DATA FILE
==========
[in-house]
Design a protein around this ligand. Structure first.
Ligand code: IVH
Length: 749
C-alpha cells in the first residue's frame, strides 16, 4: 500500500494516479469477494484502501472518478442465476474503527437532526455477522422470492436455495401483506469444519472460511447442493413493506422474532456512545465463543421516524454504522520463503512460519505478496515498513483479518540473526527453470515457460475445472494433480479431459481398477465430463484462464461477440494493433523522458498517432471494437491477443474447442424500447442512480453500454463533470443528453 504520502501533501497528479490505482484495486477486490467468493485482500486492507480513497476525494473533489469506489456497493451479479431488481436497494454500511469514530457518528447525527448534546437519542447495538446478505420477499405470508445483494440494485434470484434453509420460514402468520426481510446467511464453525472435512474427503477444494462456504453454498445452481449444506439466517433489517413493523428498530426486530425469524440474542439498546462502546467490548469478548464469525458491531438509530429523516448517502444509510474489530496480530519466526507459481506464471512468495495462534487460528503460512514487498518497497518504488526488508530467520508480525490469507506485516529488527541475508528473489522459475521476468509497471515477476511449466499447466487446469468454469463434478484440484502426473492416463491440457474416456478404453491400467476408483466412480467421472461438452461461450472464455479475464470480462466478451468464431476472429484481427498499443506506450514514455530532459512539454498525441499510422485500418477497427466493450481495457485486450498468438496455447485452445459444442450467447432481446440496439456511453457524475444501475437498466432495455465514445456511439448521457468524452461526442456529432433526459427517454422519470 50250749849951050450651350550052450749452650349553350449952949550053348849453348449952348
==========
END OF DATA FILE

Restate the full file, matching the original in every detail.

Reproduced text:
[in-house]
Design a protein around this ligand. Structure first.
Ligand code: IVH
Length: 749
C-alpha cells in the first residue's frame, strides 16, 4: 500500500494516479469477494484502501472518478442465476474503527437532526455477522422470492436455495401483506469444519472460511447442493413493506422474532456512545465463543421516524454504522520463503512460519505478496515498513483479518540473526527453470515457460475445472494433480479431459481398477465430463484462464461477440494493433523522458498517432471494437491477443474447442424500447442512480453500454463533470443528453 504520502501533501497528479490505482484495486477486490467468493485482500486492507480513497476525494473533489469506489456497493451479479431488481436497494454500511469514530457518528447525527448534546437519542447495538446478505420477499405470508445483494440494485434470484434453509420460514402468520426481510446467511464453525472435512474427503477444494462456504453454498445452481449444506439466517433489517413493523428498530426486530425469524440474542439498546462502546467490548469478548464469525458491531438509530429523516448517502444509510474489530496480530519466526507459481506464471512468495495462534487460528503460512514487498518497497518504488526488508530467520508480525490469507506485516529488527541475508528473489522459475521476468509497471515477476511449466499447466487446469468454469463434478484440484502426473492416463491440457474416456478404453491400467476408483466412480467421472461438452461461450472464455479475464470480462466478451468464431476472429484481427498499443506506450514514455530532459512539454498525441499510422485500418477497427466493450481495457485486450498468438496455447485452445459444442450467447432481446440496439456511453457524475444501475437498466432495455465514445456511439448521457468524452461526442456529432433526459427517454422519470 50250749849951050450651350550052450749452650349553350449952949550053348849453348449952348